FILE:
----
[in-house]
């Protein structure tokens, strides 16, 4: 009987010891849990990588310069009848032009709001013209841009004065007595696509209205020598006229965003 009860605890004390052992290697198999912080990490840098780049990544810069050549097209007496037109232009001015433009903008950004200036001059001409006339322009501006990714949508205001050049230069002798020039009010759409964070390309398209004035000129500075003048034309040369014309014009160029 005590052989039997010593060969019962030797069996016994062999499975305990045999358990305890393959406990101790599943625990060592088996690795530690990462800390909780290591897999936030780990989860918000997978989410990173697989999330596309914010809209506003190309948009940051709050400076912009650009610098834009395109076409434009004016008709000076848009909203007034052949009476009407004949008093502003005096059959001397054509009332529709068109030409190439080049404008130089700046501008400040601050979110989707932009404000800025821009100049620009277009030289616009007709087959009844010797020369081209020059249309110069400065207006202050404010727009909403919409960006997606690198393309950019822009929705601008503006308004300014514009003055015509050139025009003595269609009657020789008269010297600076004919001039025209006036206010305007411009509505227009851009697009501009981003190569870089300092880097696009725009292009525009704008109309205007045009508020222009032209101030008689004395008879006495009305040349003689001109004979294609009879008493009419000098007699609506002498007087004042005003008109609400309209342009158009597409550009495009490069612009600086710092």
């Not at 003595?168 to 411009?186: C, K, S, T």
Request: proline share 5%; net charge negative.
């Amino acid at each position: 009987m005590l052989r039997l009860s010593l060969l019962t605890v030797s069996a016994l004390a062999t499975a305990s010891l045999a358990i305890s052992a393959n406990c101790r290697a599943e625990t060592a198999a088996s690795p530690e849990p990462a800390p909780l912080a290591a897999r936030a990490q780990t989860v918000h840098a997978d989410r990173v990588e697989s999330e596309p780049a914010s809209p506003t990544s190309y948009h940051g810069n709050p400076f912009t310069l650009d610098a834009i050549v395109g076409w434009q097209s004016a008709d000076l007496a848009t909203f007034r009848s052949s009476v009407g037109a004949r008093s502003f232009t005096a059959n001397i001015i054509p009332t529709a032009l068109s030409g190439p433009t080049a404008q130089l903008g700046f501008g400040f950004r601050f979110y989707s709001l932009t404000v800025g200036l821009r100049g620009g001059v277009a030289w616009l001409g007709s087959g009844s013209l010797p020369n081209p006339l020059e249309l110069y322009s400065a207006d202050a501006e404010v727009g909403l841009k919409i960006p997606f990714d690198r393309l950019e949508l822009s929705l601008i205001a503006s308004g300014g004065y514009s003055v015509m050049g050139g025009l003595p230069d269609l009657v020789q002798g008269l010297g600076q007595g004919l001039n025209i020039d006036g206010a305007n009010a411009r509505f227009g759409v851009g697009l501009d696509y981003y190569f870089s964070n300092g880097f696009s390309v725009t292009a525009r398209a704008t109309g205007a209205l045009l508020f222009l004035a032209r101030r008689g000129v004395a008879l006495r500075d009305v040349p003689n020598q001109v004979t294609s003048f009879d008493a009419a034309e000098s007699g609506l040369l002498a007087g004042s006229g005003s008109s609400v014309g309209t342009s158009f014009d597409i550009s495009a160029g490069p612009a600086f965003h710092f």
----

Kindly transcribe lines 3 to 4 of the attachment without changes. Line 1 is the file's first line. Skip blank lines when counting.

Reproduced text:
């Not at 003595?168 to 411009?186: C, K, S, T």
Request: proline share 5%; net charge negative.